A Modified Dithiothreitol Protocol for Eliminating Daratumumab Interference

Daratumumab (DARA) is a monoclonal antibody directed against the glycoprotein CD38, used as treatment for
patients with Multiple Myeloma. DARA causes interference in serological antibody testing, complicating the detection of clinical
significant alloantibodies prior to blood transfusion. The interference is eliminated by using dithiothreitol (DTT)-treated reagent red
blood cells (RBCs). However, a disadvantage of the DTT-method is the time-consuming procedure and the hemolysis observed
during long-term storage of DTT-treated reagent RBCs.
To overcome this challenge, the Department of Clinical Immunology, Herlev University Hospital, has developed a modified protocol
for DTT treatment that improves stability of reagent RBCs by 33 days without any visual hemolysis and ensures detection of
alloantibodies. This protocol is a modification of AABB´s technical manual due to a reduced amount of DTT used for the treatment
of reagent RBCs.
The purpose of the modified protocol was to enable preparation of DTT-treated reagent RBCs in conjunction with regular reagent
RBCs in order to improve laboratory efficiency and to reduce turnaround time for antibody detection.

The aim of this study is to validate the modified protocol for DTT treatment of reagent RBCs, and to measure the reduced time
spent on detection of alloantibodies.

DTT treatment of reagent RBCs was performed, with DTT supplied by the manufacturer Sigma Aldrich, according to
AABB´s technical manual except for a RBC:DTT ratio of 30:25 (vol:vol). Multiple batches of DTT-treated reagent RBCs were
continuously prepared and distributed to three transfusion services in The Capital Region and Region Zealand of Denmark from
February 2017 to February 2018. Antibody screening tests were performed, at all three study sites, with untreated and DTT-treated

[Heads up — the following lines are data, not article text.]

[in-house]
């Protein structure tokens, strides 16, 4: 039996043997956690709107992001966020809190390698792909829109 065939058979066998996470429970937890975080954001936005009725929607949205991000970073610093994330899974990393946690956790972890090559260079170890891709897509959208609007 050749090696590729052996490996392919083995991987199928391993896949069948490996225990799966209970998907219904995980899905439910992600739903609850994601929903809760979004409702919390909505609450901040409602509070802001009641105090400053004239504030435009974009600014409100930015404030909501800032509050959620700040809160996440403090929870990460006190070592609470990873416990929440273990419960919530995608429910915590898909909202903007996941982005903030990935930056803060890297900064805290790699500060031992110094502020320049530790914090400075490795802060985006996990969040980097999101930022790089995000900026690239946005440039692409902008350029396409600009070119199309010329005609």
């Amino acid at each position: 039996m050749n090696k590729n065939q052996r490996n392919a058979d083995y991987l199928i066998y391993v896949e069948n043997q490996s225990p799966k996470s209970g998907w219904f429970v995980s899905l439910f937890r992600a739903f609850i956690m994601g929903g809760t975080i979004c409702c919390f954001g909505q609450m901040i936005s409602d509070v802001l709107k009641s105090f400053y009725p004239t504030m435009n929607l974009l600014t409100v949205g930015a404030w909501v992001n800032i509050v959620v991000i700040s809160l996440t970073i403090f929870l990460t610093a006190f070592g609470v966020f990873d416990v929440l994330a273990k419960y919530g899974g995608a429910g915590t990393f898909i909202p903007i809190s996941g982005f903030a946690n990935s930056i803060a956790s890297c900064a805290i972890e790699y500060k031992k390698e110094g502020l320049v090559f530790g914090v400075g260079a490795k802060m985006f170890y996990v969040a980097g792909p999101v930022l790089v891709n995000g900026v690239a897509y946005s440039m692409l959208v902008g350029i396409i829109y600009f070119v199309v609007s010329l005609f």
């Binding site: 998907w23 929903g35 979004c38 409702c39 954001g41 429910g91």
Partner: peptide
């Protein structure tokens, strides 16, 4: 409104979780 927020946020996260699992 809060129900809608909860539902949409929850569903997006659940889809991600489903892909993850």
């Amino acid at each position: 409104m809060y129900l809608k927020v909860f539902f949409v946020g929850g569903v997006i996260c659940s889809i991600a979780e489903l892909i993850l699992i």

reagent RBCs on plasma samples from DARA-treated patients (n=50) and on plasma samples (n=60) from patients with known
clinically significant alloantibodies (n=70). Antibody screening tests were performed using Column Agglutination Technology with
Coombs anti-IgG ID Cards (BioRad Laboratories).
Analysis time was measured and compared using both immediately and in advance prepared DTT-treated reagent RBCs.

The outcome of the study showed that DARA interference was eliminated in all 50 samples from DARA-treated patients.
55 of 70 alloantibodies were detected and the remaining 15 alloantibodies within the Kell system were negative, using the modified
protocol for DTT-treated reagent RBCs.
DTT-treated reagent RBCs prepared in advance provided antibody screening test results within 37 minutes compared to 90 minutes
with immediately prepared DTT-treated reagent RBCs.

Summary / Conclusions:
Validation results show, that the modified protocol for DTT-treatment of reagent RBCs eliminates
DARA interference and detects alloantibodies examined except for alloantibodies within the Kell system.
DTT-treated reagent RBCs, prepared in advance, reduce antibody detection time by 53 minutes.
The present study show that a central preparation of DTT-treated reagent RBCs and distribution to transfusion services ensures
quality, improves laboratory efficiency and therefore prevents delayed blood transfusions.
Flere informationer

Peer reviewJa
Begivenhed35th International Congress of the International Society of Blood Transfusion - Metro Toronto Convention Centre, Toronto, Canada
Varighed: 2 jun. 20186 jun. 2018
Konferencens nummer: 35th


Konference35th International Congress of the International Society of Blood Transfusion


  • Herlev Hospital
  • Københavns Professionshøjskole
Relaterede emner


  • KOL